In 2009, President Mahinda Rajapaksa hand-picked Kariyawasam to serve as Sri Lanka’s High Commissioner to New Delhi. At the expiry of his five-year term in 2014, Kariyawasam was not re-assigned to Colombo on rotation, as is custom for career diplomats. Instead, President Rajapaksa immediately assigned him in July 2014 to be Sri Lanka’s Ambassador to Washington D.C., creating significant jealousy and grumblings of favoritism among the ranks of the foreign service.

After the presidential victory of Maithripala Sirisena in January 2015, Kariyawasam was not recalled, but instead kept on in Washington by the new Government. Politics aside, both Presidents Rajapaksa and Sirisena had recognized and rewarded his talent and ability.

In August 2017, barely two years into his term in Washington, Kariyawasam was brought back to Colombo for promotion as Secretary to the Ministry of Foreign Affairs. At the time, his appointment did not give rise to any objection or accusations that he was a foreign intelligence agent. Indeed, it would have looked foolish for the leader of the same regime that entrusted Kariyawasam with two of Sri Lanka’s most critical strategic diplomatic postings to reverse course and suddenly charge that he was a foreign spy.

However, this is exactly what happened to Prasad Kariyawasam this week, with Mahinda Rajapaksa, Dinesh Gunawardena, and Wimal Weerawansa stating that because his salary was paid by a foreign entity affiliated with the US Government, that Kariyawasam’s presence in Parliament was a threat to democracy.

The about-face was in similar vein to the campaign launched by Rajapaksa loyalists against ACMC leader Rishard Bathiudeen last month. Bathiudeen, who had served as a cabinet minister under President Rajapaksa for over 10 years, suddenly found himself being branded by his former cabinet colleagues as a terrorist, in the wake of the Easter attacks.

In a statement issued earlier this month, Finance Minister Mangala Samaraweera called out this political duplicity in stark terms. “Everyone should know how Rishard Bathiudeen earned the ire of the Podujana Peramuna. When they tried to illegally overthrow the government last October 26, they pleaded with this very same so-called terrorist Rishard Bathurdeen to join their government. They tried bribing him. They tried threatening him.”

“Mark my words. Had he supported Mahinda Rajapaksa in Parliament last year, there would not have been a no-confidence motion against him. He would not be called a terrorist. This is a man who served as a Cabinet Minister under them for almost a decade, who we are supposed to believe suddenly became a terrorist overnight after he stood by the UNP and by democracy.”

The political opportunism at the root of this sudden attack on Kariyawasam and Speaker Karu Jayasuriya is equally blatant. The Speaker’s stature both in Sri Lanka and around the world has grown since the 2018 political crisis.

The strength of his relationships with the President, UNP leadership, opposition parties, civil society leaders and diplomats were exposed through his role in mediating a resolution to that crisis last year. His independence was demonstrated in his lack of hesitation in reallocating the post of Leader of the Opposition to Mahinda Rajapaksa in the immediate aftermath of the crisis.

Given the recent disarray in the ranks of the Podujana Peramuna caused by the failure of various groups to incite communal divisions, and that party’s presidential election plans concurrently coming under a surgeon’s knife and into the crosshairs of a judicial gavel, MPs allied to Mahinda Rajapaksa have now taken a set of innocuous facts previously and widely known in Parliament, and attempted to blow it into a scandal aimed at rattling the Speaker and putting the country’s chief statesman on the backfoot.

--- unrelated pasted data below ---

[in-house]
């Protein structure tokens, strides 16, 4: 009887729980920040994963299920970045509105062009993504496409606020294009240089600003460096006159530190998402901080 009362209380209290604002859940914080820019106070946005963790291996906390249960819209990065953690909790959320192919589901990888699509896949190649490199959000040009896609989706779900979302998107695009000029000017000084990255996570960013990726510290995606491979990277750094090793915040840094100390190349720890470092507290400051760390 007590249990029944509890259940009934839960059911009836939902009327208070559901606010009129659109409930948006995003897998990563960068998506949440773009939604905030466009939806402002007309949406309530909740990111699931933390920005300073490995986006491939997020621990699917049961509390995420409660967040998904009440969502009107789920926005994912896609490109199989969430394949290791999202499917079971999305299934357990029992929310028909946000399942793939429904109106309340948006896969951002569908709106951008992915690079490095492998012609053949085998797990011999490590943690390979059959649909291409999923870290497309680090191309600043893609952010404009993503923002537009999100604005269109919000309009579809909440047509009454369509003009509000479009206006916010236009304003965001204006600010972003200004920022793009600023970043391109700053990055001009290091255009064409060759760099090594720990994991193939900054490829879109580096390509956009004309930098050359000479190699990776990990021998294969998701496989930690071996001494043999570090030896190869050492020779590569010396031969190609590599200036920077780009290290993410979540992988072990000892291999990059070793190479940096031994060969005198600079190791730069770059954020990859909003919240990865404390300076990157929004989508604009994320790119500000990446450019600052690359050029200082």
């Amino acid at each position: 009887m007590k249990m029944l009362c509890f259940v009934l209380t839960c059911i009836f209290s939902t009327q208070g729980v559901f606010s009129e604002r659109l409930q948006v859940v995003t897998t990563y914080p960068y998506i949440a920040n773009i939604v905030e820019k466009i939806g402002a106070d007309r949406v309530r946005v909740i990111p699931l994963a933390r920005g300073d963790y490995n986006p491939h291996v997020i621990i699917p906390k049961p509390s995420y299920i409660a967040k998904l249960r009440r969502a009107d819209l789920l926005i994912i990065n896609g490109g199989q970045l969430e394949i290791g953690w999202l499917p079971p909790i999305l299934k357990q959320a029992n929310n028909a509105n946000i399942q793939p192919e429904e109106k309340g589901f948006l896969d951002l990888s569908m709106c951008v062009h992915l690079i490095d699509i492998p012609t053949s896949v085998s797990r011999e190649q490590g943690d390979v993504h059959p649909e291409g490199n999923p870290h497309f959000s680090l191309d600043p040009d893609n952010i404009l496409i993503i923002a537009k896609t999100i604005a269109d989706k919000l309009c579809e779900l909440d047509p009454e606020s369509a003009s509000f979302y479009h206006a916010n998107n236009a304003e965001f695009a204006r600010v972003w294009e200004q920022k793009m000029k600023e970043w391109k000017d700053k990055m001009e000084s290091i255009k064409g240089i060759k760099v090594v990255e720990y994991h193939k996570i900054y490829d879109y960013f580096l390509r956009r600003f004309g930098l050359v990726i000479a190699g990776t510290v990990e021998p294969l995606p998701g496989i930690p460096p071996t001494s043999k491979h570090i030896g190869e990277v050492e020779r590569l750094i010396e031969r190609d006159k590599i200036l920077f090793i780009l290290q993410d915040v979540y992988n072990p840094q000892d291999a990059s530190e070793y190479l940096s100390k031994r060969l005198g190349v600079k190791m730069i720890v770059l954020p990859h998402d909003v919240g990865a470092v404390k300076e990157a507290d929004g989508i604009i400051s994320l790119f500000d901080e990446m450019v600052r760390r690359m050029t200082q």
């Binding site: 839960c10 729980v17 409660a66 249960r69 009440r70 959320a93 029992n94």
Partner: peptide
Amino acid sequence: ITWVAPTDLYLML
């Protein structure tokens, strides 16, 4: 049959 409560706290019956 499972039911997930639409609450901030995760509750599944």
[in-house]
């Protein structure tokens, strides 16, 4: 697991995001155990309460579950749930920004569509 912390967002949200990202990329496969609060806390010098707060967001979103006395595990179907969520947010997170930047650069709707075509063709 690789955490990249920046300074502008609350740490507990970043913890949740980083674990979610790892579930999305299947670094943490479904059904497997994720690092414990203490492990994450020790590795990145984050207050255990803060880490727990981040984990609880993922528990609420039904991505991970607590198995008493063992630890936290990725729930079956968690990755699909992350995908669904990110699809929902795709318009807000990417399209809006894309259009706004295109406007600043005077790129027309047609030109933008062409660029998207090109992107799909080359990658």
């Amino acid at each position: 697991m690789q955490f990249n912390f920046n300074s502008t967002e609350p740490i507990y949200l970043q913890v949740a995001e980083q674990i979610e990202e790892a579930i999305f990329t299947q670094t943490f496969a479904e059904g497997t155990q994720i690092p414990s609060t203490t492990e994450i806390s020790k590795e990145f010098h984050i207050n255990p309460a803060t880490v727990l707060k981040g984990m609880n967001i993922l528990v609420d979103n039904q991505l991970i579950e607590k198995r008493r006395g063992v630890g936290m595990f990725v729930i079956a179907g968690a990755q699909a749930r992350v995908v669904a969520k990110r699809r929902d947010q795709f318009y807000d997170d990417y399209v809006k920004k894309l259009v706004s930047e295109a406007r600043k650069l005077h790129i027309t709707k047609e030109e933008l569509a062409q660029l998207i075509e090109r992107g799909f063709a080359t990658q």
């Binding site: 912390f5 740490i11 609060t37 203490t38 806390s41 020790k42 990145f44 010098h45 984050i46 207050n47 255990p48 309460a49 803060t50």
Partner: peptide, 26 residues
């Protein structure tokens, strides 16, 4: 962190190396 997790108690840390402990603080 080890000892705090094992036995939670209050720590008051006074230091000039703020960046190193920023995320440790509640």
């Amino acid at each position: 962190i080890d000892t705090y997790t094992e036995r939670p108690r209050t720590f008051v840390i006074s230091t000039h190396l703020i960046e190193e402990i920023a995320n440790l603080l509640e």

But the holes in their paper-thin argument are plain to see. Kariyawasam’s appointment through DAI was never a secret, from the time he was hired in March 2019. His employment contract is one with DAI, which corresponded with the office of the Secretary-General of Parliament in setting up his work arrangements. Kariyawasam’s own office in Parliament is in the area of the Parliament Complex assigned to DAI.

In his work with MPs of both the Government and opposition, Kariyawasam has been introduced as a DAI consultant working in Parliament. He has met with MPs and held meetings in this capacity about work being done on Sectoral Oversight Committees. None of this work had ever been cause for scrutiny, until several Opposition MPs began to suspect that the former foreign secretary had grown close to Speaker Karu Jayasuriya and that a close relationship between the two increased the threat posed to their presidential ambitions.

While Jayasuriya has been clear that he will not hanker after the presidential nomination of any party, his stature would be a towering force to be reckoned with whoever the candidate put forward by the Mahinda Rajapaksa faction. No opportunity to try to attack the speaker was too juvenile to pass up on.

When DAI and Prasad Kariyawasam were fostered and promoted under President Mahinda Rajapaksa, the former was a valued international aid donor and the latter was a top-class diplomat entrusted with the country’s most critical foreign missions. But when Rajapaksa sits in the opposition, DAI is a CIA front sent to subvert our democracy, Kariyawasam is a foreign agent with suspicious allegiances, and the two together are a threat to national security. There is an element of truth in the fervent panic expressed by these MPs. What is true is that they are indeed very afraid. But they are not afraid of DAI, or Kariyawasam, or of threats to Sri Lanka’s sovereignty or national security. Jayasuriya is fast emerging as one leader who might once again torpedo Rajapaksa plans to recapture state power. Given Jayasuriya’s pivotal role in derailing his attempt to seize the premiership last year, going toe-to-toe with the Speaker once again appears to be a truly terrifying prospect.